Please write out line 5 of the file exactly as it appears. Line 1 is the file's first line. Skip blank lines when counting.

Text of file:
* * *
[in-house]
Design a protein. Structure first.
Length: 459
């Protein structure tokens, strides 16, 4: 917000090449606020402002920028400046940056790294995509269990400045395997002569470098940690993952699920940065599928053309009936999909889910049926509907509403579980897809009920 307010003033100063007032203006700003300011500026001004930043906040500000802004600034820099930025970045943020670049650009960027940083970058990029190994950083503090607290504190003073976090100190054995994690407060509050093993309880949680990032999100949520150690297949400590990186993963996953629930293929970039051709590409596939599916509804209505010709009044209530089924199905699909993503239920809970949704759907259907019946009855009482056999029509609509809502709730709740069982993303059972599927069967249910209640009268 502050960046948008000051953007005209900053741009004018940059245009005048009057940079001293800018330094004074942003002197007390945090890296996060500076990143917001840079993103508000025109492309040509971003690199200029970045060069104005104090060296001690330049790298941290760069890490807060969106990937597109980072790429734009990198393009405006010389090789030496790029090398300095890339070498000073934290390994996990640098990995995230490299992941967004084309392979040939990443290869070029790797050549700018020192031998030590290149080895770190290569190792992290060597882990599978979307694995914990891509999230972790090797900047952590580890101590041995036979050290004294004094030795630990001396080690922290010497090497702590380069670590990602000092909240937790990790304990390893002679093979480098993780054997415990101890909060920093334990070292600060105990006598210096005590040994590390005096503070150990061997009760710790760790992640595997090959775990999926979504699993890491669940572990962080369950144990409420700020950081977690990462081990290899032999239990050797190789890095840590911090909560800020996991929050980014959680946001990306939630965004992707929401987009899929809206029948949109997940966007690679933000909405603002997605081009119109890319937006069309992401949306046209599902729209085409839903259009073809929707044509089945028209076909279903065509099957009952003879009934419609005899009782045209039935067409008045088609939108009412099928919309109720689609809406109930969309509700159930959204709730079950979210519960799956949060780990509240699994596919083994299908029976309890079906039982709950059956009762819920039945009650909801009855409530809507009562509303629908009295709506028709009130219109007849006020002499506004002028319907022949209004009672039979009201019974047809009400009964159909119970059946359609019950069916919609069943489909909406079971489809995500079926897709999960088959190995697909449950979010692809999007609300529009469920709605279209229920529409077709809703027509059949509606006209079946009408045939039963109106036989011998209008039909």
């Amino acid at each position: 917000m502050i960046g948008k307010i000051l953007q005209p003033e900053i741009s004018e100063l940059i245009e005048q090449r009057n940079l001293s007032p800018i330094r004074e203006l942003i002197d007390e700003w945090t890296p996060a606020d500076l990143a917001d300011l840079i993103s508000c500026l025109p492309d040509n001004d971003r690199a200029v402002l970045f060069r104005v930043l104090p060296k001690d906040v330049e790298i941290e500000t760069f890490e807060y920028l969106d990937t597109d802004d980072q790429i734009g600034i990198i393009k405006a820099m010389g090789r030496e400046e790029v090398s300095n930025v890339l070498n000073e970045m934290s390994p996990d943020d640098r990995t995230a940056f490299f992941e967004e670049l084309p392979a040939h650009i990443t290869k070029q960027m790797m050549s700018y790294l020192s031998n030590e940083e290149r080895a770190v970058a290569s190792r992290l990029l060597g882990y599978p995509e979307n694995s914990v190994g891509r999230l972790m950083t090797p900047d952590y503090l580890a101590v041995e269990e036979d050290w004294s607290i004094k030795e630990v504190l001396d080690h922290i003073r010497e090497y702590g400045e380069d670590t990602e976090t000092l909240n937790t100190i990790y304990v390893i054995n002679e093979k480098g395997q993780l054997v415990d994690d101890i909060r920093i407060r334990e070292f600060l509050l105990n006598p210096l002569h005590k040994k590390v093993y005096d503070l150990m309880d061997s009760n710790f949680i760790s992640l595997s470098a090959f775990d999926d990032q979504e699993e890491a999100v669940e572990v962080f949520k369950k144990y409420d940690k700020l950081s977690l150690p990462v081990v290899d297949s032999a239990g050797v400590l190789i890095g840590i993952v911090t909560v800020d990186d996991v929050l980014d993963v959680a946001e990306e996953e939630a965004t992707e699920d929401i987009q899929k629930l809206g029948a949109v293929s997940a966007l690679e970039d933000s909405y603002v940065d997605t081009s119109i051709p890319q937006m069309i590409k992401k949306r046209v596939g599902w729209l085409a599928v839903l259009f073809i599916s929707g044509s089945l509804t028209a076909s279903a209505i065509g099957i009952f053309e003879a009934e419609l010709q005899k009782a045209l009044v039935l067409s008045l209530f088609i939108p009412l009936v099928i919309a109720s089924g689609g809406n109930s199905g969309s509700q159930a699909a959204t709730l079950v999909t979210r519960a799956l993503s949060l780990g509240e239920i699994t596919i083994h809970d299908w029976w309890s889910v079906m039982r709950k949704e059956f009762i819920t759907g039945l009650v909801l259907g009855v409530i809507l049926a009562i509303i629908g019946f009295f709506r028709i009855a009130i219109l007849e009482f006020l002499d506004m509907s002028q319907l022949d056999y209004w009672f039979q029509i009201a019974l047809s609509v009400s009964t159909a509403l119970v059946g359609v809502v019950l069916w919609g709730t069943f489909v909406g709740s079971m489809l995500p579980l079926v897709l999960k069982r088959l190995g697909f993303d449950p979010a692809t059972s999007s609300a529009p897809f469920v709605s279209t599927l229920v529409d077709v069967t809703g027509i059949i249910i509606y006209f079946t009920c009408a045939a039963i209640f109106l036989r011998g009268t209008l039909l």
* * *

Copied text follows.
């Amino acid at each position: 917000m502050i960046g948008k307010i000051l953007q005209p003033e900053i741009s004018e100063l940059i245009e005048q090449r009057n940079l001293s007032p800018i330094r004074e203006l942003i002197d007390e700003w945090t890296p996060a606020d500076l990143a917001d300011l840079i993103s508000c500026l025109p492309d040509n001004d971003r690199a200029v402002l970045f060069r104005v930043l104090p060296k001690d906040v330049e790298i941290e500000t760069f890490e807060y920028l969106d990937t597109d802004d980072q790429i734009g600034i990198i393009k405006a820099m010389g090789r030496e400046e790029v090398s300095n930025v890339l070498n000073e970045m934290s390994p996990d943020d640098r990995t995230a940056f490299f992941e967004e670049l084309p392979a040939h650009i990443t290869k070029q960027m790797m050549s700018y790294l020192s031998n030590e940083e290149r080895a770190v970058a290569s190792r992290l990029l060597g882990y599978p995509e979307n694995s914990v190994g891509r999230l972790m950083t090797p900047d952590y503090l580890a101590v041995e269990e036979d050290w004294s607290i004094k030795e630990v504190l001396d080690h922290i003073r010497e090497y702590g400045e380069d670590t990602e976090t000092l909240n937790t100190i990790y304990v390893i054995n002679e093979k480098g395997q993780l054997v415990d994690d101890i909060r920093i407060r334990e070292f600060l509050l105990n006598p210096l002569h005590k040994k590390v093993y005096d503070l150990m309880d061997s009760n710790f949680i760790s992640l595997s470098a090959f775990d999926d990032q979504e699993e890491a999100v669940e572990v962080f949520k369950k144990y409420d940690k700020l950081s977690l150690p990462v081990v290899d297949s032999a239990g050797v400590l190789i890095g840590i993952v911090t909560v800020d990186d996991v929050l980014d993963v959680a946001e990306e996953e939630a965004t992707e699920d929401i987009q899929k629930l809206g029948a949109v293929s997940a966007l690679e970039d933000s909405y603002v940065d997605t081009s119109i051709p890319q937006m069309i590409k992401k949306r046209v596939g599902w729209l085409a599928v839903l259009f073809i599916s929707g044509s089945l509804t028209a076909s279903a209505i065509g099957i009952f053309e003879a009934e419609l010709q005899k009782a045209l009044v039935l067409s008045l209530f088609i939108p009412l009936v099928i919309a109720s089924g689609g809406n109930s199905g969309s509700q159930a699909a959204t709730l079950v999909t979210r519960a799956l993503s949060l780990g509240e239920i699994t596919i083994h809970d299908w029976w309890s889910v079906m039982r709950k949704e059956f009762i819920t759907g039945l009650v909801l259907g009855v409530i809507l049926a009562i509303i629908g019946f009295f709506r028709i009855a009130i219109l007849e009482f006020l002499d506004m509907s002028q319907l022949d056999y209004w009672f039979q029509i009201a019974l047809s609509v009400s009964t159909a509403l119970v059946g359609v809502v019950l069916w919609g709730t069943f489909v909406g709740s079971m489809l995500p579980l079926v897709l999960k069982r088959l190995g697909f993303d449950p979010a692809t059972s999007s609300a529009p897809f469920v709605s279209t599927l229920v529409d077709v069967t809703g027509i059949i249910i509606y006209f079946t009920c009408a045939a039963i209640f109106l036989r011998g009268t209008l039909l």